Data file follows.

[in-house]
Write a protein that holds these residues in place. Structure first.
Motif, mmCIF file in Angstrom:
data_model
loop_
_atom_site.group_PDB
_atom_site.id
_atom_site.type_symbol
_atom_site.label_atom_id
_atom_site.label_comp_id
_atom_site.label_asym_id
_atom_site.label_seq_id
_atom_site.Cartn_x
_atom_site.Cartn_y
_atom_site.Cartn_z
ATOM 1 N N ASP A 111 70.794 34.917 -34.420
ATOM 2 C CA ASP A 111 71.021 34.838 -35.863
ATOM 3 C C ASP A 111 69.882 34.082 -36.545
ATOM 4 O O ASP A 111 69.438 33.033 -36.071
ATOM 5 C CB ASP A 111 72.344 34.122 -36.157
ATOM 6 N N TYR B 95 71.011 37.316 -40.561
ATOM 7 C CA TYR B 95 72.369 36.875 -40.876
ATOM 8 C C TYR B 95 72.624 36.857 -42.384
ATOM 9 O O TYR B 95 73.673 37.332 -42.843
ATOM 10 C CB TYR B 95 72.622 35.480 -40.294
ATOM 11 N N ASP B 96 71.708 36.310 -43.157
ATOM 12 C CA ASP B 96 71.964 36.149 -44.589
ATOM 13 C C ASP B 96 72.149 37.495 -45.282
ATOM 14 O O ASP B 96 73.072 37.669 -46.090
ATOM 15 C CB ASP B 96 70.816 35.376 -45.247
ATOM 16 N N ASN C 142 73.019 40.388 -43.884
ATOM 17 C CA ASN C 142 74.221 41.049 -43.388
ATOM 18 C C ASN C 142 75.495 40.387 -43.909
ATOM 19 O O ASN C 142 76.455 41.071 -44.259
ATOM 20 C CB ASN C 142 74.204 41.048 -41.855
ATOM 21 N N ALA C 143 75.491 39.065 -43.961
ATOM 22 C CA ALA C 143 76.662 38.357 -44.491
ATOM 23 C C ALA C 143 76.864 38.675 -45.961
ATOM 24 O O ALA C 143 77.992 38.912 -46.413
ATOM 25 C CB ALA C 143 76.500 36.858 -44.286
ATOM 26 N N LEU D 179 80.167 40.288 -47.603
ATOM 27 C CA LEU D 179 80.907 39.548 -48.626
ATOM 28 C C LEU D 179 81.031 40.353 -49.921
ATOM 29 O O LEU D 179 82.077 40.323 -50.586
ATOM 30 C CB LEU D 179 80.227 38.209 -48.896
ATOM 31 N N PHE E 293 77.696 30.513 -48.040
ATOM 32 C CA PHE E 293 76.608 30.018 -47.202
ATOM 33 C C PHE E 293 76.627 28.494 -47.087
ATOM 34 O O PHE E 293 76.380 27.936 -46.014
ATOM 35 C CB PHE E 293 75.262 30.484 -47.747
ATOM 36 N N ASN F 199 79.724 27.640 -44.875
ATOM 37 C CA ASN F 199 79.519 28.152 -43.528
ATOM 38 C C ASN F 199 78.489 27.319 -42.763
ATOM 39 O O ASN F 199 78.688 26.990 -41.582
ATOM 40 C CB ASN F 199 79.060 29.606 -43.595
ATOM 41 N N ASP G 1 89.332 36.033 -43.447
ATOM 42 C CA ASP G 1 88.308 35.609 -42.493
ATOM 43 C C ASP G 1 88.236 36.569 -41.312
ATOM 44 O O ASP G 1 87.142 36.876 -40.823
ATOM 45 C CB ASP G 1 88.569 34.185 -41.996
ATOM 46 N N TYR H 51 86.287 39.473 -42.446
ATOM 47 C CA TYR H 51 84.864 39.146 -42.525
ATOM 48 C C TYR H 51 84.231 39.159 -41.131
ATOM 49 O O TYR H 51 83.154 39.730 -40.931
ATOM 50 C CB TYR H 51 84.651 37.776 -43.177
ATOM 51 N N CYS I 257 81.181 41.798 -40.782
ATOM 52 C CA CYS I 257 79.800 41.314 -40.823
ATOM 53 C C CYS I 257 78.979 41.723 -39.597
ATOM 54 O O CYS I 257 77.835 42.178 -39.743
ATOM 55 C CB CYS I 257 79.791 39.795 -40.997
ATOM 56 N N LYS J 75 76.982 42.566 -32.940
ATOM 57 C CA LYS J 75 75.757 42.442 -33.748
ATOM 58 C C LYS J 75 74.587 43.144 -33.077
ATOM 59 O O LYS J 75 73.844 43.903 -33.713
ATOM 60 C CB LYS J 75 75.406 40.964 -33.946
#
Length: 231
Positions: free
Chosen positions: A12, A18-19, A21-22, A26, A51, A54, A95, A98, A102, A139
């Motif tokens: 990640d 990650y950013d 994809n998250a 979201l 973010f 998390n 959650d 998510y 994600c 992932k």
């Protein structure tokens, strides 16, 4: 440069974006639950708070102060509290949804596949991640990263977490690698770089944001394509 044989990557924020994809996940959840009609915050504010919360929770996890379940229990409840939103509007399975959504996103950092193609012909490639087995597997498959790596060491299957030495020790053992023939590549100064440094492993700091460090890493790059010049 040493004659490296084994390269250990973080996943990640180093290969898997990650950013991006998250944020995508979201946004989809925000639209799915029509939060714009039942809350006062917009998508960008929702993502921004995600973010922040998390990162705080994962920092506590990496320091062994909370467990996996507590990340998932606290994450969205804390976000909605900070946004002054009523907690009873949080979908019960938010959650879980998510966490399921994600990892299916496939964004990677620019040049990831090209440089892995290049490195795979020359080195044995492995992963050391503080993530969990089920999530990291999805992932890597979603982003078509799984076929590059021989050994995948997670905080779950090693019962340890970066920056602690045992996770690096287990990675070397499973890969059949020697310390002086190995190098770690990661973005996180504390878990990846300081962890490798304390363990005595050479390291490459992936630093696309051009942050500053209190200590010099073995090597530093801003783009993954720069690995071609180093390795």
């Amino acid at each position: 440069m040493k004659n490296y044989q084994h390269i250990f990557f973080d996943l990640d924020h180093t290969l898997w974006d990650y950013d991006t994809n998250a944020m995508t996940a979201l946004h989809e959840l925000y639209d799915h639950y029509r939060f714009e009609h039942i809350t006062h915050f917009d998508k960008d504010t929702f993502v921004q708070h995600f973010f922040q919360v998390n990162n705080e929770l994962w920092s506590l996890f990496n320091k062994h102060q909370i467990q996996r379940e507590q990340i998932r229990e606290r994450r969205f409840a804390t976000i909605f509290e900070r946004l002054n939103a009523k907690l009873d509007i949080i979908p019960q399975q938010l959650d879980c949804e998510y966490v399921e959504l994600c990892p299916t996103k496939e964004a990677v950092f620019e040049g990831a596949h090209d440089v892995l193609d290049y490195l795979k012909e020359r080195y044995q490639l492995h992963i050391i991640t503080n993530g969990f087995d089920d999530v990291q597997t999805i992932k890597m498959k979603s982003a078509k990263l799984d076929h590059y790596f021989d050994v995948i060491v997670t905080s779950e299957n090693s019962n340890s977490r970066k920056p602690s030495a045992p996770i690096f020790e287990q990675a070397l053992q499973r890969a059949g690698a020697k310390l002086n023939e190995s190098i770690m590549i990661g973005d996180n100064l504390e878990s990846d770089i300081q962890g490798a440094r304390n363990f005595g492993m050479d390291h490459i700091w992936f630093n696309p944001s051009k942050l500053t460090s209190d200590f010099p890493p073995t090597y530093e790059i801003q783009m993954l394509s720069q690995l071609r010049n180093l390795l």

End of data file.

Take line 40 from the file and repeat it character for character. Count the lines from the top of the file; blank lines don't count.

ATOM 25 C CB ALA C 143 76.500 36.858 -44.286